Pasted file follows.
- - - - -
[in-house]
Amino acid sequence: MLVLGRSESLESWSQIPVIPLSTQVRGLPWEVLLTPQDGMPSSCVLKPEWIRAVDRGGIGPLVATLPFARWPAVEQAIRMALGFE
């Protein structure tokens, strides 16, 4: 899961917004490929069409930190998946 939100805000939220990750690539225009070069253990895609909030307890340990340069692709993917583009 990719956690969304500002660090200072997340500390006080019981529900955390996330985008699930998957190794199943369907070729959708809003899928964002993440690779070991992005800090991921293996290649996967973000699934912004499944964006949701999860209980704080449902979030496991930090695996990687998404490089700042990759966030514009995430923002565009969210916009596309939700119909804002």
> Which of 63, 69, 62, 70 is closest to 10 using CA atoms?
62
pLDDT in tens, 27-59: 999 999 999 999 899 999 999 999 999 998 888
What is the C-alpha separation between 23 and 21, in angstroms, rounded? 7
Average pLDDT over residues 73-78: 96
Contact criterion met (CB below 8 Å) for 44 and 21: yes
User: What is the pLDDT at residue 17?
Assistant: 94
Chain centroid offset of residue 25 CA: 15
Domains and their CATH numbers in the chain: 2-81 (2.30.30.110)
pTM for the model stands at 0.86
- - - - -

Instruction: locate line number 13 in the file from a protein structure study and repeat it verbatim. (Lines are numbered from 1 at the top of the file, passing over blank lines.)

Domains and their CATH numbers in the chain: 2-81 (2.30.30.110)